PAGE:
Tapping into advanced data types - Mixpanel
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Tapping into advanced data types

Most Mixpanel users are used to treating properties as strings of text, but
some data is more suitable to be treated as a number, or other data type.


Let’s say you were instrumenting a music sharing site, and you sent a property
with every “song played” event called “length” that was a “number” the length
of the song in seconds. If you send the property as an integer or decimal (122
or 3.45) Mixpanel will detect it as a number, and will build a histogram
showing what song lengths people typically listened to in the segmentation

Code Sample:
mixpanel.track("Song Played", {"Length" : 122 });

Chart in Mixpanel:

In the above case, 60 – 90 second movies were clearly the favorite! You can
also build segments with greater than and less than operators on numeric data.
This would let you examine the 60-90 second songs in more detail:

It looks like 77 and 78 second songs are the most popular within this segment.

Sometimes a histogram isn’t enough though – you just want an average. If your
data is a number, and you’ve set at least one filter on it, you can have
Mixpanel perform the following mathematical calculations on it for a given
time frame:

  • Average
  • Sum
  • Minimum Value
  • Maximum Value

The average song length for songs between 60 and 90 long hovers around 75

If you don’t want to put a filter around it and calculate the overall averages
or sums, just choose a filter that wouldn’t eliminate any results. In this
case “length is greater than 0” will do the trick. However, most of the time
you will want to filter to eliminate extremes that represent bad data that
will skew your averages.

If you are sending an event as a number but Mixpanel is not detecting it as a
number, you can type cast it by hovering your mouse over the property in the
segmentation report, moving it to the right, and selecting the “number”
variable type. This will actually work for any property type:


You can also send dates to Mixpanel. Let’s say you wanted to break down your
song plays only to videos that had been uploaded to your site in the past
week. If you send a property formatted like a date, Mixpanel will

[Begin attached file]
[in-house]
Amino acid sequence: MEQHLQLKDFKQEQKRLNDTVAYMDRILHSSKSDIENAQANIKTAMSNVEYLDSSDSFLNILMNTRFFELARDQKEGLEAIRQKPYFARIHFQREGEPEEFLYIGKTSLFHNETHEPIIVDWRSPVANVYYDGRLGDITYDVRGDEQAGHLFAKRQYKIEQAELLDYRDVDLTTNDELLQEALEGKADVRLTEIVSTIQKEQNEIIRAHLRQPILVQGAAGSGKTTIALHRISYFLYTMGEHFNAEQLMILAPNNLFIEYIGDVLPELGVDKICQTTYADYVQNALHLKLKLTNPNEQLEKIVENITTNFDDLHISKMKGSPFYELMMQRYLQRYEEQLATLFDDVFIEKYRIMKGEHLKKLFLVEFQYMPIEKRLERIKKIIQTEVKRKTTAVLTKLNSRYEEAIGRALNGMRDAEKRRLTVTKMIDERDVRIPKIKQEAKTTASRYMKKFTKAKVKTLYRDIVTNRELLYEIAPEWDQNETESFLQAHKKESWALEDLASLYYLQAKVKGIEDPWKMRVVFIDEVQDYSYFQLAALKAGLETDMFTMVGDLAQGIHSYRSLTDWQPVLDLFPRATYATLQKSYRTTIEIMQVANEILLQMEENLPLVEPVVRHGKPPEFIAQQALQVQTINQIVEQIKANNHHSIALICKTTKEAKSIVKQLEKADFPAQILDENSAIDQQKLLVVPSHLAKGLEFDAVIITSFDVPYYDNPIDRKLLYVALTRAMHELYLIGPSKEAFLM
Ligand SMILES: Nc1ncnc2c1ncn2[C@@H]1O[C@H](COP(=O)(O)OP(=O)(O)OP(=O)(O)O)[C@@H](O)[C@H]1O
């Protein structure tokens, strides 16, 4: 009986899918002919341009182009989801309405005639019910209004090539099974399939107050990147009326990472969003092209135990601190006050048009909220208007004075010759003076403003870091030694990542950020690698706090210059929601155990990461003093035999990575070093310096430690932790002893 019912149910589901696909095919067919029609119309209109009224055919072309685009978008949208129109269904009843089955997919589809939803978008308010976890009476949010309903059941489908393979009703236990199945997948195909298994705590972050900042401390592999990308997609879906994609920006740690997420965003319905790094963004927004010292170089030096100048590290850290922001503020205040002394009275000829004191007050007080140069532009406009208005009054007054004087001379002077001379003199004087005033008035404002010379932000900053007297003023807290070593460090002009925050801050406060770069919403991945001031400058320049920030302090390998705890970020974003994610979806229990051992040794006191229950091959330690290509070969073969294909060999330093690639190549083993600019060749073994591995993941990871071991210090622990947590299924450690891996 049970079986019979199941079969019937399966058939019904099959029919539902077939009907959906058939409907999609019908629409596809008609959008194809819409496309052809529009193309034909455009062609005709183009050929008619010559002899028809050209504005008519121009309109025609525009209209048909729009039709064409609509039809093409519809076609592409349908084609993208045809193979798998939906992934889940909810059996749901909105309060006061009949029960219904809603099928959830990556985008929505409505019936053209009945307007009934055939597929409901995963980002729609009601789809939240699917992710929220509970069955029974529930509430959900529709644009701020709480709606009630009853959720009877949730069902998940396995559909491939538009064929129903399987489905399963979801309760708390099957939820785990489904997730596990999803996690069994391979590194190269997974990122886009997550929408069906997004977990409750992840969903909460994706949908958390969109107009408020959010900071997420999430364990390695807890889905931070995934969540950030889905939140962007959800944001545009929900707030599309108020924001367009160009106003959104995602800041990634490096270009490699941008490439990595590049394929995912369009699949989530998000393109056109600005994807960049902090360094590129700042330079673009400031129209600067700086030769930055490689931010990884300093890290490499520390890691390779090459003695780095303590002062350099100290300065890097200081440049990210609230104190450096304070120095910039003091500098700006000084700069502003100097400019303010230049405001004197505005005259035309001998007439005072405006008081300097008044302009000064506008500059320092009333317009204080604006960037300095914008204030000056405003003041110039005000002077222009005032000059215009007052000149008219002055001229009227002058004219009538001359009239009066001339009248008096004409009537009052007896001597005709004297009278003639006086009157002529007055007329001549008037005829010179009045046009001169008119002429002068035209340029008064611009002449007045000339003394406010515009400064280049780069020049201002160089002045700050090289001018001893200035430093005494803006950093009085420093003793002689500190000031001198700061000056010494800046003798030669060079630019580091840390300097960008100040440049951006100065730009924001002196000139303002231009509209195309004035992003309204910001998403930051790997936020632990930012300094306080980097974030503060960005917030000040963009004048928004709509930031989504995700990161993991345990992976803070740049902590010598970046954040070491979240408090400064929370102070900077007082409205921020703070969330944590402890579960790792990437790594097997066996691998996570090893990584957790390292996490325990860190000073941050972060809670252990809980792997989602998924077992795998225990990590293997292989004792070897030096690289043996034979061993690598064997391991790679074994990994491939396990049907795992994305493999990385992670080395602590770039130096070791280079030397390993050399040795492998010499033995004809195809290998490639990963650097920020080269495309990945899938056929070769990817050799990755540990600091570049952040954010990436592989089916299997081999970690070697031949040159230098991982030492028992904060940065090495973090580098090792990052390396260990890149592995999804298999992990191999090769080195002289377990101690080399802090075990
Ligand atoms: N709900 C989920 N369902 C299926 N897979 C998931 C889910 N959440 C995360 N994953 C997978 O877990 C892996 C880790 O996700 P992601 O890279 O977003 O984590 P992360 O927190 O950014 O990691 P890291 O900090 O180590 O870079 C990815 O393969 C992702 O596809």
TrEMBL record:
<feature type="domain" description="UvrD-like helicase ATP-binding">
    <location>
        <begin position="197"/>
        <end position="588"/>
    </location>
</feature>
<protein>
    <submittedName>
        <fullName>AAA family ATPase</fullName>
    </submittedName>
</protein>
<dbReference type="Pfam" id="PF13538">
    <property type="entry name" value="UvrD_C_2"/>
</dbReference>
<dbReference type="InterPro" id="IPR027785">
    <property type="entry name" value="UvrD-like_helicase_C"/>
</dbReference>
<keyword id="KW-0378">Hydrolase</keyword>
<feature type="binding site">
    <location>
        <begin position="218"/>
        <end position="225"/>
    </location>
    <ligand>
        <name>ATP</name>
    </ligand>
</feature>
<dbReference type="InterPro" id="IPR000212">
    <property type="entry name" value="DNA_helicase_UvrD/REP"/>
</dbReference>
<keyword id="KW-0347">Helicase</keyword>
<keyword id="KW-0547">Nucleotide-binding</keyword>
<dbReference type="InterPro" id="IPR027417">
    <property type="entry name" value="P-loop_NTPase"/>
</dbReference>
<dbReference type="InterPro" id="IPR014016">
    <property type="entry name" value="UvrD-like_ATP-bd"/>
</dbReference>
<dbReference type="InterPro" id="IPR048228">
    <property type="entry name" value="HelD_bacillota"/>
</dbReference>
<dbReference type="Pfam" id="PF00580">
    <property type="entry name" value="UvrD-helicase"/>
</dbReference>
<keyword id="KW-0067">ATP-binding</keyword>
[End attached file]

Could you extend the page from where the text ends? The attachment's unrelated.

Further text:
automatically treat it as such, and let you build segments based on date

Code Sample:

mixpanel.track("Song Played", {"Date Added" : '2011-10-27'});

Segment Example:

The above example would limit your report to plays of new songs that were
added in the past month.

Mixpanel accepts a wide variety of date formats. If any of the following
appear in a property value, Mixpanel will treat that value as a date:

  • yyyy-mm-dd
  • dd-mm-yyyy
  • yyyy/mm/dd
  • dd/mm/yyyy
  • a three letter month like Jan,Feb,Dec etc
  • a three letter day like Mon,Tue,Wed, etc

You can also include a time after the date, so “yyyy-mm-dd HH:MM:SS.” If you
are including time, please use UTC time.


Often you might want to set a property with more than one value. Some examples
might be:

  • Products purchased in a “Order Placed” event
  • Multiple authors in an “Article Viewed” event
  • Different genre tags in a “Song Played” event.

If you send a JSON array as a property value, Mixpanel will know that it is a
list, and allow you to build segments that query for individual list items.

Code Sample:
mixpanel.track("Song Played", {"Mood Tags" : ['happy','exciting','romantic'] });

Segmentation Sample:

You can type in any item in the Segmentation report, and it will return the
number of times the event was sent with that item as a member of the list.

Feel free to ask follow-up questions in the comments. I’ll answer every single

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